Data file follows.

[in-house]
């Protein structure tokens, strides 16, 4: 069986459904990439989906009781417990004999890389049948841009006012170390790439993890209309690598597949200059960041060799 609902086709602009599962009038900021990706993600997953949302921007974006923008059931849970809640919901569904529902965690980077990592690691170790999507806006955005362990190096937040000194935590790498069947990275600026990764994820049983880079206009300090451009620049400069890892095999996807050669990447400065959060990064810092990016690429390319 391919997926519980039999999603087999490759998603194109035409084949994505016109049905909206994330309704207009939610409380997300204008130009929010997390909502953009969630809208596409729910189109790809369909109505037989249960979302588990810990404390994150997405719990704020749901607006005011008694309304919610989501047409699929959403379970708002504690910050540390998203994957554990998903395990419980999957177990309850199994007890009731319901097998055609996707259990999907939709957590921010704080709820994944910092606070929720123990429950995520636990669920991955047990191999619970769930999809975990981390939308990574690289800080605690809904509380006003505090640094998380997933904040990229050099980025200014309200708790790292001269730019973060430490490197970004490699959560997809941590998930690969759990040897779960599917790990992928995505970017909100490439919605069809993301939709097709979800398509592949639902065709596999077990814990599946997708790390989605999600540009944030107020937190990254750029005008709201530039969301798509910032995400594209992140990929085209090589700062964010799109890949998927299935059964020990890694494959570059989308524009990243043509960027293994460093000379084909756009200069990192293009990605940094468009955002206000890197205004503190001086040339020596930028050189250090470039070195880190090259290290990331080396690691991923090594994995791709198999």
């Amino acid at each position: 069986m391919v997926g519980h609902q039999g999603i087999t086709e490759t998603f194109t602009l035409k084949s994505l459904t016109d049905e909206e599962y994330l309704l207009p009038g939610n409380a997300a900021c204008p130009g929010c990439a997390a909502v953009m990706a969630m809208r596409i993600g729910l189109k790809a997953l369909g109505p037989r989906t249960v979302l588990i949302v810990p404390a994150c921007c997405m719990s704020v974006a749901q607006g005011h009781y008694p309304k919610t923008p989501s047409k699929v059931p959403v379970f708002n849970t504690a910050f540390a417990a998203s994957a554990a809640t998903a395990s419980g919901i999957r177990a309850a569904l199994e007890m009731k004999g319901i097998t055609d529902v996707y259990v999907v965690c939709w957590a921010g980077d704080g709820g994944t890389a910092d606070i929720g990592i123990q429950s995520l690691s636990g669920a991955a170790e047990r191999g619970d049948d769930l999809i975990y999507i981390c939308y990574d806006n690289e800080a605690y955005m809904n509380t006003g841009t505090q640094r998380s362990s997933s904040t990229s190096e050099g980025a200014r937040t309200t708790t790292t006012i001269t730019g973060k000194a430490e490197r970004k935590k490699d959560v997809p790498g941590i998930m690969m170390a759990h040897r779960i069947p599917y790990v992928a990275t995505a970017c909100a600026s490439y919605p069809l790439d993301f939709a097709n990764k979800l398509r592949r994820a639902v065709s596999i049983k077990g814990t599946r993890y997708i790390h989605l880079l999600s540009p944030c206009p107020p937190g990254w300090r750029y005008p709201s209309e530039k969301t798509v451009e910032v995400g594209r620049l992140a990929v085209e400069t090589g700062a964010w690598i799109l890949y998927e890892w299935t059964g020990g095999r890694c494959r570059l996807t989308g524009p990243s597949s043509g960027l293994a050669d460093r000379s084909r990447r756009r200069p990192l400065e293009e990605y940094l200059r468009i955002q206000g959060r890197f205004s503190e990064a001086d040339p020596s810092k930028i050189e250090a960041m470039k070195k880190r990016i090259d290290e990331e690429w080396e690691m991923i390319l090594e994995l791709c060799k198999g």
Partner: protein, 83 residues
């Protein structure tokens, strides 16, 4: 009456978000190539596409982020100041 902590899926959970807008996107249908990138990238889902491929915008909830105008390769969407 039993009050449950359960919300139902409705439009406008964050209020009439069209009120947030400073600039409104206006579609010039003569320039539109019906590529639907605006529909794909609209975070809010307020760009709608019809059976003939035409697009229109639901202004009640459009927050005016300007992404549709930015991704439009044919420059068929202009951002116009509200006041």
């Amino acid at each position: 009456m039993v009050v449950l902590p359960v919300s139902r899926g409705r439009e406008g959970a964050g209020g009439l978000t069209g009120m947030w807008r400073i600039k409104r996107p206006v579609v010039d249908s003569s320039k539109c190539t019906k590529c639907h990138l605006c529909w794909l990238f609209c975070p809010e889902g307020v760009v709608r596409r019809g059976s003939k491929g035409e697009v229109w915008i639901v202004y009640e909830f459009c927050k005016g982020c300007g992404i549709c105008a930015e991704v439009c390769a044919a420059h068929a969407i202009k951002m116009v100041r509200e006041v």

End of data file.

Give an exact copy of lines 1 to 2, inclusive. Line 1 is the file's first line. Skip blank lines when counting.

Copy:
[in-house]
């Protein structure tokens, strides 16, 4: 069986459904990439989906009781417990004999890389049948841009006012170390790439993890209309690598597949200059960041060799 609902086709602009599962009038900021990706993600997953949302921007974006923008059931849970809640919901569904529902965690980077990592690691170790999507806006955005362990190096937040000194935590790498069947990275600026990764994820049983880079206009300090451009620049400069890892095999996807050669990447400065959060990064810092990016690429390319 391919997926519980039999999603087999490759998603194109035409084949994505016109049905909206994330309704207009939610409380997300204008130009929010997390909502953009969630809208596409729910189109790809369909109505037989249960979302588990810990404390994150997405719990704020749901607006005011008694309304919610989501047409699929959403379970708002504690910050540390998203994957554990998903395990419980999957177990309850199994007890009731319901097998055609996707259990999907939709957590921010704080709820994944910092606070929720123990429950995520636990669920991955047990191999619970769930999809975990981390939308990574690289800080605690809904509380006003505090640094998380997933904040990229050099980025200014309200708790790292001269730019973060430490490197970004490699959560997809941590998930690969759990040897779960599917790990992928995505970017909100490439919605069809993301939709097709979800398509592949639902065709596999077990814990599946997708790390989605999600540009944030107020937190990254750029005008709201530039969301798509910032995400594209992140990929085209090589700062964010799109890949998927299935059964020990890694494959570059989308524009990243043509960027293994460093000379084909756009200069990192293009990605940094468009955002206000890197205004503190001086040339020596930028050189250090470039070195880190090259290290990331080396690691991923090594994995791709198999």